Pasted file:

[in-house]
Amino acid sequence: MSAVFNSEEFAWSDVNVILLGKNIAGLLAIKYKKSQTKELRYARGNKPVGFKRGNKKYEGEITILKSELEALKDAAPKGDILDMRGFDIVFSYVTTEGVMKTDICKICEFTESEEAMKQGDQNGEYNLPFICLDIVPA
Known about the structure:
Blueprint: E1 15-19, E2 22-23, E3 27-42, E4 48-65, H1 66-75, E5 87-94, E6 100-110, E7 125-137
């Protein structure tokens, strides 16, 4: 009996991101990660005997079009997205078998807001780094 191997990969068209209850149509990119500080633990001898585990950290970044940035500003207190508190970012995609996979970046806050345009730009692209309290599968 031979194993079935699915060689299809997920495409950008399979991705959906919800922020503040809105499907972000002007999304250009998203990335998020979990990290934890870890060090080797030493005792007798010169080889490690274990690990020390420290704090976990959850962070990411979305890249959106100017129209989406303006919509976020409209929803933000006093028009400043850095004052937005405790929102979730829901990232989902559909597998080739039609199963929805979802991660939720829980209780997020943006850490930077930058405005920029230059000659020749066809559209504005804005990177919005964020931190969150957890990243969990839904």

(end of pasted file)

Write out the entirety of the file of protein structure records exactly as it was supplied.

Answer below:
[in-house]
Amino acid sequence: MSAVFNSEEFAWSDVNVILLGKNIAGLLAIKYKKSQTKELRYARGNKPVGFKRGNKKYEGEITILKSELEALKDAAPKGDILDMRGFDIVFSYVTTEGVMKTDICKICEFTESEEAMKQGDQNGEYNLPFICLDIVPA
Known about the structure:
Blueprint: E1 15-19, E2 22-23, E3 27-42, E4 48-65, H1 66-75, E5 87-94, E6 100-110, E7 125-137
């Protein structure tokens, strides 16, 4: 009996991101990660005997079009997205078998807001780094 191997990969068209209850149509990119500080633990001898585990950290970044940035500003207190508190970012995609996979970046806050345009730009692209309290599968 031979194993079935699915060689299809997920495409950008399979991705959906919800922020503040809105499907972000002007999304250009998203990335998020979990990290934890870890060090080797030493005792007798010169080889490690274990690990020390420290704090976990959850962070990411979305890249959106100017129209989406303006919509976020409209929803933000006093028009400043850095004052937005405790929102979730829901990232989902559909597998080739039609199963929805979802991660939720829980209780997020943006850490930077930058405005920029230059000659020749066809559209504005804005990177919005964020931190969150957890990243969990839904």